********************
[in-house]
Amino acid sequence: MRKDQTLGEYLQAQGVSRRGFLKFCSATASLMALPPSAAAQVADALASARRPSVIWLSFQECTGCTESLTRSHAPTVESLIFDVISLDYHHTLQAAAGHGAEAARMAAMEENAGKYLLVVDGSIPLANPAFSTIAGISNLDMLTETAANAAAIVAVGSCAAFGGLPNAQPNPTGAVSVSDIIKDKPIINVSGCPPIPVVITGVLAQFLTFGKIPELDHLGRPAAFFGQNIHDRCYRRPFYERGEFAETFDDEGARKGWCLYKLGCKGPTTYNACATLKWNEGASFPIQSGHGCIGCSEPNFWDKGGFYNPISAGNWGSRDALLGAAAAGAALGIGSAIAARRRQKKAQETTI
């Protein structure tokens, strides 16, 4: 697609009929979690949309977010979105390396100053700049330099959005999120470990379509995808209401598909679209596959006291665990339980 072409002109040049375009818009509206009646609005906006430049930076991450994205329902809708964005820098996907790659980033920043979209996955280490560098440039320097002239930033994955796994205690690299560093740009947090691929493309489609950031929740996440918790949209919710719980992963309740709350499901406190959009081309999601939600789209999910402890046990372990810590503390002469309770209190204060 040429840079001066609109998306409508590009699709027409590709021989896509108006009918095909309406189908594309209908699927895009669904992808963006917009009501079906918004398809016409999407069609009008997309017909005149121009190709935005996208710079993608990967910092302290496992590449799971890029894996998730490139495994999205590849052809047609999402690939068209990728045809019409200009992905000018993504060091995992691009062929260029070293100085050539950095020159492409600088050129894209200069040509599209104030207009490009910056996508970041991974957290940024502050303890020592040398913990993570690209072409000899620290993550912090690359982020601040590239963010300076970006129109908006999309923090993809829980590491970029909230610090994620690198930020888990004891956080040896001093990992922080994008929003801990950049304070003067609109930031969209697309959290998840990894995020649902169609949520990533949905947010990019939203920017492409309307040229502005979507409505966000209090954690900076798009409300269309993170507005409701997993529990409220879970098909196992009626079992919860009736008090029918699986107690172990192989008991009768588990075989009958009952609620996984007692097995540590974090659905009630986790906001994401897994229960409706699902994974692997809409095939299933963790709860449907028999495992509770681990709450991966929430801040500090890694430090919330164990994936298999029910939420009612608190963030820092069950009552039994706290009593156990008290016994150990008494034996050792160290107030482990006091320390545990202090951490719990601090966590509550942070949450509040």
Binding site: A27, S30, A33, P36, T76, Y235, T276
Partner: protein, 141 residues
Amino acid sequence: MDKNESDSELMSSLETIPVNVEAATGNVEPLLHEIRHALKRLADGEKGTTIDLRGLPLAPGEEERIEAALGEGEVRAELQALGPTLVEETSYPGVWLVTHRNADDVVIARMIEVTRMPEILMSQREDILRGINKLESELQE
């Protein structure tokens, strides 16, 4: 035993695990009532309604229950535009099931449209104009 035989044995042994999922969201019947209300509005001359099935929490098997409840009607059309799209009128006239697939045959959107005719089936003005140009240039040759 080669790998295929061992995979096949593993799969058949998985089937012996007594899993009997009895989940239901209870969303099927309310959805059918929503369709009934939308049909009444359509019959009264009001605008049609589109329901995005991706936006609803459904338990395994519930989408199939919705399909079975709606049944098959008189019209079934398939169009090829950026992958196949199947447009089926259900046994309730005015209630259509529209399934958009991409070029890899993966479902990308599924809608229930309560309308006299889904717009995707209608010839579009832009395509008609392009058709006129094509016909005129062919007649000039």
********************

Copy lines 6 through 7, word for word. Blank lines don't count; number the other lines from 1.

Amino acid sequence: MDKNESDSELMSSLETIPVNVEAATGNVEPLLHEIRHALKRLADGEKGTTIDLRGLPLAPGEEERIEAALGEGEVRAELQALGPTLVEETSYPGVWLVTHRNADDVVIARMIEVTRMPEILMSQREDILRGINKLESELQE
């Protein structure tokens, strides 16, 4: 035993695990009532309604229950535009099931449209104009 035989044995042994999922969201019947209300509005001359099935929490098997409840009607059309799209009128006239697939045959959107005719089936003005140009240039040759 080669790998295929061992995979096949593993799969058949998985089937012996007594899993009997009895989940239901209870969303099927309310959805059918929503369709009934939308049909009444359509019959009264009001605008049609589109329901995005991706936006609803459904338990395994519930989408199939919705399909079975709606049944098959008189019209079934398939169009090829950026992958196949199947447009089926259900046994309730005015209630259509529209399934958009991409070029890899993966479902990308599924809608229930309560309308006299889904717009995707209608010839579009832009395509008609392009058709006129094509016909005129062919007649000039």